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NRW confirms Wales remains in ‘prolonged dry weather status’ despite recent rain

22 Jul 2023 3 minute read
The River Clwyd at Rhuddlan. Photo by kitmasterbloke is licensed under CC BY 2.0.

National Resources Wales (NRW) has confirmed that Wales will remain at ‘prolonged dry weather’ status despite extended periods of rainfall in recent weeks.

The dry weather status was initially declared last month following the driest May and June since records began in 1975.

As of 17 July, Wales has received 85% of the long-term average rainfall for July. Rainfall has ranged from 58% in the Dwyfor catchment (NE Wales), to 109% in the Conwy catchment (N Wales) respectively.

Soil moisture levels have improved across Wales with the recent rain and most river flows have returned to normal or above normal, with the exception of Clwyd, Erch, Western Cleddau and parts of the Wye that are lower than expected.

Those rivers currently recording normal levels have only reached those levels over the past few days.

Given that groundwater is slower to respond to rainfall, NRW says it continues to have some concerns for levels in areas across Wales, especially within Lower Dee, Clwyd and Valleys/Vale of Glamorgan catchments.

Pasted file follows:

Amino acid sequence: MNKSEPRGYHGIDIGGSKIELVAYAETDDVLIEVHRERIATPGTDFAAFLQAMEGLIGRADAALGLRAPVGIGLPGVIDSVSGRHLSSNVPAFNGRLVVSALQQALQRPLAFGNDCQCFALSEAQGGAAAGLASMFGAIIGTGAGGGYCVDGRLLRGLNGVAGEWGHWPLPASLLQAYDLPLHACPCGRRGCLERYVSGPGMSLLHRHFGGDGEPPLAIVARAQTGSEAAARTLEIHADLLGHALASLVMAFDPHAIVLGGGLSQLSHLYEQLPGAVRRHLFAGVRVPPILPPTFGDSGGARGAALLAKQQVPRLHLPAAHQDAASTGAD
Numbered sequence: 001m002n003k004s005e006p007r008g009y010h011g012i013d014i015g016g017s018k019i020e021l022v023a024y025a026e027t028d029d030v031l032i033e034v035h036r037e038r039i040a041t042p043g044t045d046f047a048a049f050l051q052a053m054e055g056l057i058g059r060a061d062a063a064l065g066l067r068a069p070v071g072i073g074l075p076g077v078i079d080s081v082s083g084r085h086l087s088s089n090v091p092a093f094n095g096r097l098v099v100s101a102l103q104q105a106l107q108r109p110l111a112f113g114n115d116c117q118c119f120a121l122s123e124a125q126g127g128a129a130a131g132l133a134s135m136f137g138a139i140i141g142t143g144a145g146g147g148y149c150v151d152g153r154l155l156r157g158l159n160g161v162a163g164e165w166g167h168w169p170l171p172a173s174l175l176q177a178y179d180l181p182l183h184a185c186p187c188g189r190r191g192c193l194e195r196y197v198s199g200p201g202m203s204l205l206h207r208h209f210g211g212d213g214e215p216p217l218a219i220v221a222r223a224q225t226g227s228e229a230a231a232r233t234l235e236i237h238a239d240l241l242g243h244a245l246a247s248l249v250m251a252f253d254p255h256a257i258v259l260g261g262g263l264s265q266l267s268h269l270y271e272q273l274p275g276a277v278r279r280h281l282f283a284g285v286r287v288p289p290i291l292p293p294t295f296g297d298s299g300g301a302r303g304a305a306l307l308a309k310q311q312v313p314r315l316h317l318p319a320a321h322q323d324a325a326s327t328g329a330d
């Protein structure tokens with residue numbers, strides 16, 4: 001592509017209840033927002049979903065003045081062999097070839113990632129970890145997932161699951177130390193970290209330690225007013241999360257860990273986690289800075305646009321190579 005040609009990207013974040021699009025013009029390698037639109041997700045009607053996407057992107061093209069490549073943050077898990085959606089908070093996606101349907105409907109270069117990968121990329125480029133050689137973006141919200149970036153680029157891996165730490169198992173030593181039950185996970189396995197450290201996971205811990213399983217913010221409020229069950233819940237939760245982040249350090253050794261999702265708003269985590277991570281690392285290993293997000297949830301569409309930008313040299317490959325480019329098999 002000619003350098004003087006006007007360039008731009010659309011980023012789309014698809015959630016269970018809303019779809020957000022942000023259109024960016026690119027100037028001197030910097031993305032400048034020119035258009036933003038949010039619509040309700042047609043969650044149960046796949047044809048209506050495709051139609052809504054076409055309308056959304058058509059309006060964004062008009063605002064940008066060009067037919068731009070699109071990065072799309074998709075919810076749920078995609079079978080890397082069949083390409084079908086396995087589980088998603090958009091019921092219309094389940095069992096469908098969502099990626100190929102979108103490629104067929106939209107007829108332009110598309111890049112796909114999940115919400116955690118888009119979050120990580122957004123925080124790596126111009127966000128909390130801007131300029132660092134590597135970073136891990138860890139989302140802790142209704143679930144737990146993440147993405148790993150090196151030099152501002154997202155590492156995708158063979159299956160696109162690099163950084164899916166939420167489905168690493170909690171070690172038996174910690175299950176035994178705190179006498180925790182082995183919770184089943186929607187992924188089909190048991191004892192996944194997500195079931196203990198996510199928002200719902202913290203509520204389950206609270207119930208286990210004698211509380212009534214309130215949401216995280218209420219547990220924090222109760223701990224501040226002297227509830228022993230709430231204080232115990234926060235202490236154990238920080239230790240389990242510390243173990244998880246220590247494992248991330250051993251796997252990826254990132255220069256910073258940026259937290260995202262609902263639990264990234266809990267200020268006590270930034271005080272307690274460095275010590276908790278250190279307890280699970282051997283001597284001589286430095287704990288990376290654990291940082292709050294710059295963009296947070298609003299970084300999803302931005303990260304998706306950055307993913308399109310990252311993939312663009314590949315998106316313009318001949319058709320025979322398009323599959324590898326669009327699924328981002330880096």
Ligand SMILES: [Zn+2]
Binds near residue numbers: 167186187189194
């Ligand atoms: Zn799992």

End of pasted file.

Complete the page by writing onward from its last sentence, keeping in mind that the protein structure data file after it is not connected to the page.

Reduced concerns

In a statement, NRW noted: “The recent rainfall and cooler temperatures have improved the situation with reduced concerns for the environment and land, especially for fisheries and fire risk.

“However the prolonged dry and hot period experienced in May and June means we are still experiencing localised issues, including for protected sites/species such as at Anglesey Fens.

Groundwater levels are still low in many areas and could take some time to replenish if Wales does not receive enough rainfall over the coming months. Concerns also remain for agriculture

“Our drought teams across Wales continue to meet regularly, following the actions within NRW’s drought plan. We remain vigilant and continue to monitor the situation and any impacts or issues that may emerge should the dry and hot conditions return over the coming weeks”.

The hydrological outlook estimates that river flows are likely to be normal to below normal over the summer months and people and businesses are being urged to continue to use water wisely.

NRW warns: “We are seeing record-breaking land and sea water temperatures across Europe and other parts of the world. These global impacts are felt at a local level, contributing to the changes in our weather patterns and impacting the environment in Wales.

“We continue to urge colleagues and members of the public to take extra care whilst outdoors, use water wisely everyday and make changes to our daily lives that reduces our environmental impact”

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